Response to Zelda Bronstein

Response to Zelda Bronstein

Ever eager to see progressives detach themselves from the pair of miscreants in the White House, I welcome Zelda Bronstein to the growing circle of feminist Hillary-haters. But I do so only with grave misgivings. Bronstein has failed to sample my own vast oeuvre of anti-Hillary writings, and the one article she cites she maliciously spins in a pro-Hillary direction. To set the record straight, my career as a Hillary-ologist goes back to the summer of ’92, when I attacked her in Newsday for her Stepford-like transformation in the wake of the great cookie-making scandal. This was followed by numerous bitter—some would say vicious—assaults on the First Lady for setting back the cause of health reform by another decade or so. “It takes cunning to devise a health plan that both liberals and conservatives can deeply hate,” I wrote in Mirabella in 1996, “and it takes arrogance verging on malice to do the devising in such profound secrecy that any small-d democrat, liberal or conservative, has to hate it before it even sees light.”

Bronstein seems only to have read a 1995 essay on Hillary I did for Time—and she doesn’t seem to have read it too carefully. I did not advise Clinton “to stiffen her spine and ignore her critics” (myself being, as I saw it, prominent among them). I was writing to criticize her wuss-like response to the news that Newt Gingrich had called her a “bitch”—which was to invite Gingrich and his mom to tea. Better, I said, to accept that venerable label with pride.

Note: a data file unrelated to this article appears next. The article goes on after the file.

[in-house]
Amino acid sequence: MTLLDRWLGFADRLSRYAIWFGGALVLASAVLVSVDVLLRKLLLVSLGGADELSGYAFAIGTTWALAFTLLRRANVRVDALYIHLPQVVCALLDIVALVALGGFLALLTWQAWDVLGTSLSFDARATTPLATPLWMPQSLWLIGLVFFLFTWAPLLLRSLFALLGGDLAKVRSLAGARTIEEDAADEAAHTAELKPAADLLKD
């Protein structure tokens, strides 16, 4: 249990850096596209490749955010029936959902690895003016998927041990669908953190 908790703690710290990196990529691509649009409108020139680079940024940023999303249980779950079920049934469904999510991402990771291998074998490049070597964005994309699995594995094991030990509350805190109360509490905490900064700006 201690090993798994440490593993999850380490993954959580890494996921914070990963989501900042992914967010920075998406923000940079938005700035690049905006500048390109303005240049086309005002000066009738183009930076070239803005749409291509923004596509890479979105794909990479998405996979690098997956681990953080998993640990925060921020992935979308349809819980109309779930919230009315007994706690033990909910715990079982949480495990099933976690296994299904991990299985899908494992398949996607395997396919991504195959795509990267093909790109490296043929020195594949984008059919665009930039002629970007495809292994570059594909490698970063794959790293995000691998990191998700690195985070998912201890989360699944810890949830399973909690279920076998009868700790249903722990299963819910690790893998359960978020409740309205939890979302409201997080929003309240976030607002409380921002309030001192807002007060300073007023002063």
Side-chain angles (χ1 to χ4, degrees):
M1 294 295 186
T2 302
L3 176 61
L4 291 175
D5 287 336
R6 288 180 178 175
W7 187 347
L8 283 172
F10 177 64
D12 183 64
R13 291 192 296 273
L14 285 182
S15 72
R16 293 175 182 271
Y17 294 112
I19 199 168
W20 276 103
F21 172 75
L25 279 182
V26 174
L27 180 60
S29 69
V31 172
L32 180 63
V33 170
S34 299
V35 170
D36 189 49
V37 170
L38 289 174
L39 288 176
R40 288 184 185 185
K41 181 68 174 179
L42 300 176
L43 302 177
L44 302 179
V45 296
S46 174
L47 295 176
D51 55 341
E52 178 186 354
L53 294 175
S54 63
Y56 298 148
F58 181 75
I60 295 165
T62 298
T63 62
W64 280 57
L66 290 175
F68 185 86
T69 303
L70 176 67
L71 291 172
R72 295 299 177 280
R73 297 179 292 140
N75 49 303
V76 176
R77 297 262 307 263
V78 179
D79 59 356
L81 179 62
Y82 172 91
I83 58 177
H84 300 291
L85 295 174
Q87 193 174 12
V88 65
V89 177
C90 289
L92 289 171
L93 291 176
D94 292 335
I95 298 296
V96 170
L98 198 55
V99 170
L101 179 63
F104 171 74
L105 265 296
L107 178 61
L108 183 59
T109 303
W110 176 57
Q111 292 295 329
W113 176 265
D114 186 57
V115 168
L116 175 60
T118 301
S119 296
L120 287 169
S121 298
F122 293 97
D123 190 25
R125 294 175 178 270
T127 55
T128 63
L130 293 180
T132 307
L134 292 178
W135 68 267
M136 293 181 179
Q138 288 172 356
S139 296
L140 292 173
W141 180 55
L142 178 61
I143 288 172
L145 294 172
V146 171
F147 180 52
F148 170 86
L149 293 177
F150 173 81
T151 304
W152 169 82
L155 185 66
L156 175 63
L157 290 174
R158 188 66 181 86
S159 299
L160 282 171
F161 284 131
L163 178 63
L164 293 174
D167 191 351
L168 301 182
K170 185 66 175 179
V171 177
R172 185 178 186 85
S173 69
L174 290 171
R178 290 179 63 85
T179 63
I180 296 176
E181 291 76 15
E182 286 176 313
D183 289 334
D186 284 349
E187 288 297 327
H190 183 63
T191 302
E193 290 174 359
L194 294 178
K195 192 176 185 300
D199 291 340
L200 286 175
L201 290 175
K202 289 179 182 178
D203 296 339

The oeuvre continues with the aforementioned article in Mirabella, where I suggested that Clinton spends much of her time in a Valium-like trance of denial and went on to assail her status as a feminist role-model. To again quote myself:

. . . Hillary is not under attack for being a strong, independent woman with ideas. One, she’s not a strong, independent woman. And two, there are no ideas—at least none she has ever expressed with any clarity or held on to with firmness and conviction. The flak she draws may be 60 percent right-wing spite, but the rest is fully earned.

Most recently, I published an article in the LA Weekly (the issue distributed at the Democratic convention) revealing what actually went on in Clinton’s conversations with Eleanor Roosevelt. For those who missed it, the article sheds new light on the Hillary’s loathsome combination of narcissism, vanity, and obsessive self-pity.

Have I called her a sociopath—a criminal, or an enemy of little children? Not yet, though if she continues to cover up her Catherine de Medici-like role in the White House and to stand by the man who wrecked welfare, that may well be my next step. But will Bronstein be listening?

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Wurgraft | University of California Press Lima